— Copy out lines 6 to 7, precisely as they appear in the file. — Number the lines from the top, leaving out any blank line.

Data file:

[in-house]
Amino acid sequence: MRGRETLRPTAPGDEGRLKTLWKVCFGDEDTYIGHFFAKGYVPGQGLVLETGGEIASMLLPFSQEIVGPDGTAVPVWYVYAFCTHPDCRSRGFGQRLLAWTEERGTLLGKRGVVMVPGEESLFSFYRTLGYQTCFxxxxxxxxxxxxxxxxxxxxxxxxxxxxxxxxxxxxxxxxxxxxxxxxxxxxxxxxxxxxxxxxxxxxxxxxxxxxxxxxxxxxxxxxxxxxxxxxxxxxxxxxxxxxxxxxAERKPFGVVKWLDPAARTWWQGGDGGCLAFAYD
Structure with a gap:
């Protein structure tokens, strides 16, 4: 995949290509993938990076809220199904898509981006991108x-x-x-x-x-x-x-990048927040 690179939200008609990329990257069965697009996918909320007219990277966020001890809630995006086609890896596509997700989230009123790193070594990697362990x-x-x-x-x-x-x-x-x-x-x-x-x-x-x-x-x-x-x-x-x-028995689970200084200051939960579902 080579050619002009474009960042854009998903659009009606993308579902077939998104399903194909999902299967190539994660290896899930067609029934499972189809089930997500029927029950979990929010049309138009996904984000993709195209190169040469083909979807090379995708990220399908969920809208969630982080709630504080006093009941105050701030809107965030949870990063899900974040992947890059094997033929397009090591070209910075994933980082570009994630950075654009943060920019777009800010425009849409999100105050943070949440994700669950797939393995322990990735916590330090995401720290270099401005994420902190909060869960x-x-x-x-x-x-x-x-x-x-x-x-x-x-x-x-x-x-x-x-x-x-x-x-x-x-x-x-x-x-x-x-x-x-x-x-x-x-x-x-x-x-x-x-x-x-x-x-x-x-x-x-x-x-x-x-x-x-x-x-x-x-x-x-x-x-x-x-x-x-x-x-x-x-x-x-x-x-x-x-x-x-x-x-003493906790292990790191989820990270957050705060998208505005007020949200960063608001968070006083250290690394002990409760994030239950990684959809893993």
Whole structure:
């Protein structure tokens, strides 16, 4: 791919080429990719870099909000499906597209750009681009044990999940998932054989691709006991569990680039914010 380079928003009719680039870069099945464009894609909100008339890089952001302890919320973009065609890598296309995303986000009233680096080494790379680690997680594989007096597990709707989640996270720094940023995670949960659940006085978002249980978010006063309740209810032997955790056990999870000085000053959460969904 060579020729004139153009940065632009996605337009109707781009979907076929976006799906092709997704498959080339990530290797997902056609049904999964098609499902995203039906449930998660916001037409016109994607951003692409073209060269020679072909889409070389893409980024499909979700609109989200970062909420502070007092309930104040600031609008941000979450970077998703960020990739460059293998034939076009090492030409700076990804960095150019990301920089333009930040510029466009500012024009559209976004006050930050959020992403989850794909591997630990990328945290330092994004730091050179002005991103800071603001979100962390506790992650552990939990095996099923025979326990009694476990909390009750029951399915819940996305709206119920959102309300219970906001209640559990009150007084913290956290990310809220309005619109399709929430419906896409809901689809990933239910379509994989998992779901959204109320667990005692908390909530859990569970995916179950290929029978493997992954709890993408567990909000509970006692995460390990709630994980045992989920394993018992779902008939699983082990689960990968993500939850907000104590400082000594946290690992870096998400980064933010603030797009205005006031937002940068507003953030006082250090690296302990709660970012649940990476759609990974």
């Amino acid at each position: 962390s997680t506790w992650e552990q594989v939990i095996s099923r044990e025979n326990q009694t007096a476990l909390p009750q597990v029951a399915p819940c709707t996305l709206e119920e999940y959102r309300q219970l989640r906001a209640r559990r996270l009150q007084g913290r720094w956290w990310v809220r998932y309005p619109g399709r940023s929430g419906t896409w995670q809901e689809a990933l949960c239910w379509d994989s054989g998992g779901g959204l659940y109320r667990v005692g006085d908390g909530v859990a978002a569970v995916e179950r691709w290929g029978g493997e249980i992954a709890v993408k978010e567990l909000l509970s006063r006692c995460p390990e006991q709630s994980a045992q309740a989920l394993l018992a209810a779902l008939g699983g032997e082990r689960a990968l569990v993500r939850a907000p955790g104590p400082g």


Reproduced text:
């Protein structure tokens, strides 16, 4: 791919080429990719870099909000499906597209750009681009044990999940998932054989691709006991569990680039914010 380079928003009719680039870069099945464009894609909100008339890089952001302890919320973009065609890598296309995303986000009233680096080494790379680690997680594989007096597990709707989640996270720094940023995670949960659940006085978002249980978010006063309740209810032997955790056990999870000085000053959460969904 060579020729004139153009940065632009996605337009109707781009979907076929976006799906092709997704498959080339990530290797997902056609049904999964098609499902995203039906449930998660916001037409016109994607951003692409073209060269020679072909889409070389893409980024499909979700609109989200970062909420502070007092309930104040600031609008941000979450970077998703960020990739460059293998034939076009090492030409700076990804960095150019990301920089333009930040510029466009500012024009559209976004006050930050959020992403989850794909591997630990990328945290330092994004730091050179002005991103800071603001979100962390506790992650552990939990095996099923025979326990009694476990909390009750029951399915819940996305709206119920959102309300219970906001209640559990009150007084913290956290990310809220309005619109399709929430419906896409809901689809990933239910379509994989998992779901959204109320667990005692908390909530859990569970995916179950290929029978493997992954709890993408567990909000509970006692995460390990709630994980045992989920394993018992779902008939699983082990689960990968993500939850907000104590400082000594946290690992870096998400980064933010603030797009205005006031937002940068507003953030006082250090690296302990709660970012649940990476759609990974």
């Amino acid at each position: 962390s997680t506790w992650e552990q594989v939990i095996s099923r044990e025979n326990q009694t007096a476990l909390p009750q597990v029951a399915p819940c709707t996305l709206e119920e999940y959102r309300q219970l989640r906001a209640r559990r996270l009150q007084g913290r720094w956290w990310v809220r998932y309005p619109g399709r940023s929430g419906t896409w995670q809901e689809a990933l949960c239910w379509d994989s054989g998992g779901g959204l659940y109320r667990v005692g006085d908390g909530v859990a978002a569970v995916e179950r691709w290929g029978g493997e249980i992954a709890v993408k978010e567990l909000l509970s006063r006692c995460p390990e006991q709630s994980a045992q309740a989920l394993l018992a209810a779902l008939g699983g032997e082990r689960a990968l569990v993500r939850a907000p955790g104590p400082g």